Latin American economy will suffer its biggest setback in 120 years in 2020

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The pandemic will have devastating effects on the Latin American economy. The bloc’s GDP will plummet 9.1% this year (the worst index since 120 years ago), unemployment will rise to 13.5%, poverty will reach 37.7% of the population (seven more points) and inequality will continue to increase in what is already the most unequal region on the planet. The blow will be so severe that, at the end of the year, GDP per capita will fall back to the level of a decade ago and the poverty rate will return to the level of 2006. In summary, the balance presented this Tuesday by the United Nations agency for the development of Latin America and the Caribbean, ECLAC, indicates that the continent is on track to lose, in just one year, “a decade in economic terms and almost a decade and a half in social terms”.

GDP per capita, the best measure of the population’s material well-being, will fall even further: up to 9.9%, a level not seen since 2010. By sub-region, the biggest drop in income per inhabitant will occur in South America (9.4% ), followed by Central America and Mexico (8.4%). And the depth of the fall in April and May, the toughest months in the different quarantines, “indicates that the reactivation of growth will be slower than expected”. The investment dynamics is not exactly a good omen: it is suffering a “significant drop” after a gloomy second quarter, says the body led by Alicia Bárcena.

Latin America is “undoubtedly” facing the “strongest economic and social crisis that the region has suffered in several decades, highlighting the structural weaknesses of the economies”, warn ECLAC technicians, based in Santiago, Chile . Weaknesses that have limited the possibilities of responding to the health crisis in countries that suffer from poor and equitable health systems, high informality at work – which amplifies a coup like that of the coronavirus – and lean social protection systems. In view of this, ECLAC economists recommend that Governments put aside the adjustment strategies that guided official policies in recent years and bet on expansive fiscal and monetary plans, even more than those already approved in recent months.

Thus, says the UN body, the fall in supply and demand could be partially neutralized in a context of low productivity and stagnant or negative growth. The problem is that, despite the introduction of new monetary income ―public and private debt purchases, the so-called QE (of quantitative easing, or quantitative easing), unprecedented so far in the primer of the region’s central banks― and tax authorities (Brazil is the emerging country that pulls the most from deficit, largely financed by the issuing institution, according to the latest data from the Institute of International Finance), the room for maneuver in Latin America is notably lower than that of rich countries.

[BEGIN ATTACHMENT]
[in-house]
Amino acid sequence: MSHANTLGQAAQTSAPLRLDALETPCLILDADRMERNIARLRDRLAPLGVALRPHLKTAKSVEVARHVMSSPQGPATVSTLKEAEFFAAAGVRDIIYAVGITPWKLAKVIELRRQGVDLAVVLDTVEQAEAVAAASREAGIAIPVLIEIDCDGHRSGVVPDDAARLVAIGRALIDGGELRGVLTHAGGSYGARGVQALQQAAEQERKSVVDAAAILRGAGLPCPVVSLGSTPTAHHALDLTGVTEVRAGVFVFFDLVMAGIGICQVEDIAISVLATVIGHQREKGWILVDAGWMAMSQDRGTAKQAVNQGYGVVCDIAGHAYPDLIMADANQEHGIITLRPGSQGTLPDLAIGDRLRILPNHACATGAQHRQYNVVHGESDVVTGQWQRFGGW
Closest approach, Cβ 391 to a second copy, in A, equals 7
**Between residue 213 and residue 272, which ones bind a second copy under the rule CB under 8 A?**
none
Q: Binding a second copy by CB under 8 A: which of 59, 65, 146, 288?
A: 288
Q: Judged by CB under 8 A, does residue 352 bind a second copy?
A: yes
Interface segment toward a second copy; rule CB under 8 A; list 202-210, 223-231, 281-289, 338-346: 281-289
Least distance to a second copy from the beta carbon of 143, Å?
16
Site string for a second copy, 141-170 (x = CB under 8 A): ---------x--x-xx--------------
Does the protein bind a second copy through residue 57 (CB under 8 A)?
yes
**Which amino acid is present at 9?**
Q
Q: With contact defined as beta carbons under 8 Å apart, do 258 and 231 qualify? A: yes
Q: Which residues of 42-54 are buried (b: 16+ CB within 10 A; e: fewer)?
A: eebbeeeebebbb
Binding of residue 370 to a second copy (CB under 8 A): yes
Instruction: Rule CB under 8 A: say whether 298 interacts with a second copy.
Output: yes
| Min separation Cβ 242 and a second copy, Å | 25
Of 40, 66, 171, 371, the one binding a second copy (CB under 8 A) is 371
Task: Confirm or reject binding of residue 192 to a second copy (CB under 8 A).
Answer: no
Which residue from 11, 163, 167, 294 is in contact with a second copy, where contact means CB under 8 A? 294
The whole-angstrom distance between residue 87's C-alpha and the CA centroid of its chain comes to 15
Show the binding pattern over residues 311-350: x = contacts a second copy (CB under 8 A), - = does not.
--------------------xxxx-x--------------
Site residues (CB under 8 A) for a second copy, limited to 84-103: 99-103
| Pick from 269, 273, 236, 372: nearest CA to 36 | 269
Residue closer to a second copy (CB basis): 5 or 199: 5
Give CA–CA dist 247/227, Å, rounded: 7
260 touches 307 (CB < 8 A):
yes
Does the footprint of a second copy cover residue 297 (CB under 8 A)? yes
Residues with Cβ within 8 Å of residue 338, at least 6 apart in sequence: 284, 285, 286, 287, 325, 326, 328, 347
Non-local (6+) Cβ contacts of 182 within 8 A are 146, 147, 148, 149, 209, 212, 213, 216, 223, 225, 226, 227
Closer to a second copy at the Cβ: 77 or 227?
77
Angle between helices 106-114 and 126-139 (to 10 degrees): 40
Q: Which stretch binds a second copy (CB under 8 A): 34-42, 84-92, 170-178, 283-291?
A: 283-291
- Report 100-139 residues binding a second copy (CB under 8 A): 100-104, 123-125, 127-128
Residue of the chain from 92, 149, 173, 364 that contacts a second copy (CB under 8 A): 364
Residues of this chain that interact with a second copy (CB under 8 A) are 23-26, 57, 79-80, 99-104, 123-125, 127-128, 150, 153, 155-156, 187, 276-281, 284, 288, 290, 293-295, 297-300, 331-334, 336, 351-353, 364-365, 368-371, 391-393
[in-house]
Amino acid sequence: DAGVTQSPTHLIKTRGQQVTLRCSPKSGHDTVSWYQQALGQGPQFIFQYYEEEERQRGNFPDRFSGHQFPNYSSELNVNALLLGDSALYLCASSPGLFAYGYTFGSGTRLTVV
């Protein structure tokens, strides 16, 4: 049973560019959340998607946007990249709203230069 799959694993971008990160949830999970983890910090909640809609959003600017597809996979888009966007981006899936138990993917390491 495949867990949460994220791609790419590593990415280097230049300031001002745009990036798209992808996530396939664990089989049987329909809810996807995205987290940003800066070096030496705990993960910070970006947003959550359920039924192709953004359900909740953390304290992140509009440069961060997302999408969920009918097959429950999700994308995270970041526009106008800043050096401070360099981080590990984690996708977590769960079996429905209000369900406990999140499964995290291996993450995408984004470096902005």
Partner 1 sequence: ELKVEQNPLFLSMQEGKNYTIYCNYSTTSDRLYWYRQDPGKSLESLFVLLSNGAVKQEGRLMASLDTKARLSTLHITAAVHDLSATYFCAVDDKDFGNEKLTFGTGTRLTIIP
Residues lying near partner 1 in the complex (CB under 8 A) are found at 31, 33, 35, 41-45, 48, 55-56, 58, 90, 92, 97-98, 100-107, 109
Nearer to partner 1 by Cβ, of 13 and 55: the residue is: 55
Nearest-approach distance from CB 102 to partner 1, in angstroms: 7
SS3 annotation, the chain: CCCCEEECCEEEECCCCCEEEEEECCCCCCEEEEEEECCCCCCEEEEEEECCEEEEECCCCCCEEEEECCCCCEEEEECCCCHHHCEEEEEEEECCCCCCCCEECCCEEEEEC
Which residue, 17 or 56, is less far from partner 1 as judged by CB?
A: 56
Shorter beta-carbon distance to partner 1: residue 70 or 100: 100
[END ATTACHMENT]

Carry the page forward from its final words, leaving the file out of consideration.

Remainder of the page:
Recession economies

Whether or not a step is taken in politics, the future looks bleak. Latin American economies have reached the pandemic, except in some cases, in difficulties. After a five-year period of minimal growth, in the first quarter of this year, GDP was already negative in nine of the 20 countries in the region, another eight showed a clear trend of deceleration. Reason: the retraction of demand, both domestic and foreign, with China, which at that time was in the midst of a crisis. The restrictions of the pandemic, with the consequent partial or total stoppage of the production of goods and services, aggravated this situation.

Private consumption was by far the most affected component of demand. “There has been an accelerated deterioration in household spending due to the context of mandatory confinement imposed by the authorities in many countries, the voluntary social isolation of people and the suspension of many non-priority activities”, point out ECLAC technicians. Added to this is the drop in household income due to job losses. Although partially offset by aid programs by States – more timid, however, than in other parts of the emerging and developed world – this decline threatens to slow the recovery than might be expected in the case of a typical recession: in an economy so dependent on consumption, less predisposition (and capacity) for spending today always means less growth tomorrow.

The evolution of the labor market “reinforces” the bad prospects for consumption: with unemployment clearly rising and a “recomposition of jobs towards lower quality jobs, such as self-employment” in progress, the average income has not stopped to get worse, darkening the horizon.

At the same time, the region suffered a significant deterioration in its prospects abroad, both due to the fall in the prices of primary products – which continue to be its main source of foreign exchange: the promises of diversification remained in this, in mere promises – and the crisis in its main customers . “In the context of worsening average terms of trade in the region, which will fall 4.7% in 2020, the negative shock will focus on hydrocarbon-exporting economies, while food and metals exporters will be less affected,” warns ECLAC. Exports will decrease 23%, while imports will drop 25% due to the fall in activity and income. And the most affected sub-region will again be South America, whose terms of trade will decrease by almost 8%.